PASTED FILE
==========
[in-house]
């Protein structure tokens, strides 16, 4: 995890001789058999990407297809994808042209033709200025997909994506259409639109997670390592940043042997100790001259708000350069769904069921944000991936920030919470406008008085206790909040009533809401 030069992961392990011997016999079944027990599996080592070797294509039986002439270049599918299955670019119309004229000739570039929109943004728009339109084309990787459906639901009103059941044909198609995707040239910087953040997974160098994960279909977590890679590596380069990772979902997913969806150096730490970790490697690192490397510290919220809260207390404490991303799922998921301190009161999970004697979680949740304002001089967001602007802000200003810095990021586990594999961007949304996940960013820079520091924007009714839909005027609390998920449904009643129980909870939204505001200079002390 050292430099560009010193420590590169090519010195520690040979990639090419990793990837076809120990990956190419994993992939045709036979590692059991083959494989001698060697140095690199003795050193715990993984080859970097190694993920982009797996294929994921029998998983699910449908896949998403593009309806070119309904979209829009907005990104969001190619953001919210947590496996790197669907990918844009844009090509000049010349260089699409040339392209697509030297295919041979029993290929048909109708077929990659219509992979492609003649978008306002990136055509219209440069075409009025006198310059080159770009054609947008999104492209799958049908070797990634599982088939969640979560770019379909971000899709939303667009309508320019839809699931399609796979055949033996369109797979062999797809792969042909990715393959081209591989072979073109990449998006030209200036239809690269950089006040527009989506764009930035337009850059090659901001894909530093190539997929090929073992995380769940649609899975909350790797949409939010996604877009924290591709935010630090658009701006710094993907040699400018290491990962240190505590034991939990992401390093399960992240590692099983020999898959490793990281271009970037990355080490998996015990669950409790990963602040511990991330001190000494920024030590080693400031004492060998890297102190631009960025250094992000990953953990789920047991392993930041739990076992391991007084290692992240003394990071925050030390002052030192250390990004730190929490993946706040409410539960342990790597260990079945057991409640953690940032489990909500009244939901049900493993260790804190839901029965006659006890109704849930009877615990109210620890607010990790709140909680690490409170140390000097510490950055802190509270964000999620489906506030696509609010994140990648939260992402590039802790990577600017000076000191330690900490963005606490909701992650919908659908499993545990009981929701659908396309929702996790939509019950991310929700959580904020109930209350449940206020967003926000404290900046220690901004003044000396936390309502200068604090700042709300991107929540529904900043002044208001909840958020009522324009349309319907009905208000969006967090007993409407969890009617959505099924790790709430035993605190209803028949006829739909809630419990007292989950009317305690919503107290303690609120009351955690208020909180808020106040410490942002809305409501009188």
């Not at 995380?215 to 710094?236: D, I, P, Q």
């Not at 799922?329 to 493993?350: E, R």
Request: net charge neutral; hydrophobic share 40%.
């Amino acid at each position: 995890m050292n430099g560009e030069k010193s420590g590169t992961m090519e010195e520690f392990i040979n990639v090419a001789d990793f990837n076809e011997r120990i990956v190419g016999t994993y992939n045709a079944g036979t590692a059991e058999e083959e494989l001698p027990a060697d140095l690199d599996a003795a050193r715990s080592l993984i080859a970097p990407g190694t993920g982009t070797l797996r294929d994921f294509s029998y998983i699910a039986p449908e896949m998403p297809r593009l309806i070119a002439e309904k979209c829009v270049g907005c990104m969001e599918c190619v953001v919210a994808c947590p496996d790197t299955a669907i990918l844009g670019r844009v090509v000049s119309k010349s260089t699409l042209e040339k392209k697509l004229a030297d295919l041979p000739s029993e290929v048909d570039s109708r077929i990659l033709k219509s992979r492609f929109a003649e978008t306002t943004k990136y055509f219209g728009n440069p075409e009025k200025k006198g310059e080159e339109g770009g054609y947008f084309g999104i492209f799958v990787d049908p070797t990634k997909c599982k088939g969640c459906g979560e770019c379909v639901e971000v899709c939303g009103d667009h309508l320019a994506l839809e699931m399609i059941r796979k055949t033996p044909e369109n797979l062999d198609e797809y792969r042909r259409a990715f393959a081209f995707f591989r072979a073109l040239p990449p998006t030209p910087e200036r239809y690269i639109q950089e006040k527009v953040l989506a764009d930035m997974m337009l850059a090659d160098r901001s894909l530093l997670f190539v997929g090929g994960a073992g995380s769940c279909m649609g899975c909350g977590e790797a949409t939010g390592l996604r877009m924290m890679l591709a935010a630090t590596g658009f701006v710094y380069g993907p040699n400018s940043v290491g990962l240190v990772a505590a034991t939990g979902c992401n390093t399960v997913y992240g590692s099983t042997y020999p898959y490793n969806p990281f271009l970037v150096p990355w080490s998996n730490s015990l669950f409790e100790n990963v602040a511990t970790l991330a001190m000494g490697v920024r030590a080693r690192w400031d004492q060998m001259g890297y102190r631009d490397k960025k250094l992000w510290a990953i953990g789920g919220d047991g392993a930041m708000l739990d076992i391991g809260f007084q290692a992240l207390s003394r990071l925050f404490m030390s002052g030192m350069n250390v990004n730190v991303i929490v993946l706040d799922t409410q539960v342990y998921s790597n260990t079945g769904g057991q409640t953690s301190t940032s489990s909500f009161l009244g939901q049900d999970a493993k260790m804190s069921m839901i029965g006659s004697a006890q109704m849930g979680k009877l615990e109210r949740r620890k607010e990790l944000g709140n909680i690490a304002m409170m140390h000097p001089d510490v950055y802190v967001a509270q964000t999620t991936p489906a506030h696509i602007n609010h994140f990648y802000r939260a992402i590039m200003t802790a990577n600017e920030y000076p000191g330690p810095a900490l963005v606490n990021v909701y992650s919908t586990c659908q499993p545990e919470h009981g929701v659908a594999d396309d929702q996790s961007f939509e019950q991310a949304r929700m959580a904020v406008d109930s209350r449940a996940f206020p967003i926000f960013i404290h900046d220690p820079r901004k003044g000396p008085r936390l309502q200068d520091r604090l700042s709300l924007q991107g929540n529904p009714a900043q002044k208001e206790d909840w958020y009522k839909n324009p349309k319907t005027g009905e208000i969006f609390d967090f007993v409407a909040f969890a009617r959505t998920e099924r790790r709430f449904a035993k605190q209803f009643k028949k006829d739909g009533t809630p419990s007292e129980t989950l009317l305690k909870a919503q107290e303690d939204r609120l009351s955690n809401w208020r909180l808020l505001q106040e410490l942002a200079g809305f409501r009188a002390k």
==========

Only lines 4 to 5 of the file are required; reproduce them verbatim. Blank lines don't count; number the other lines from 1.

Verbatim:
């Not at 799922?329 to 493993?350: E, R």
Request: net charge neutral; hydrophobic share 40%.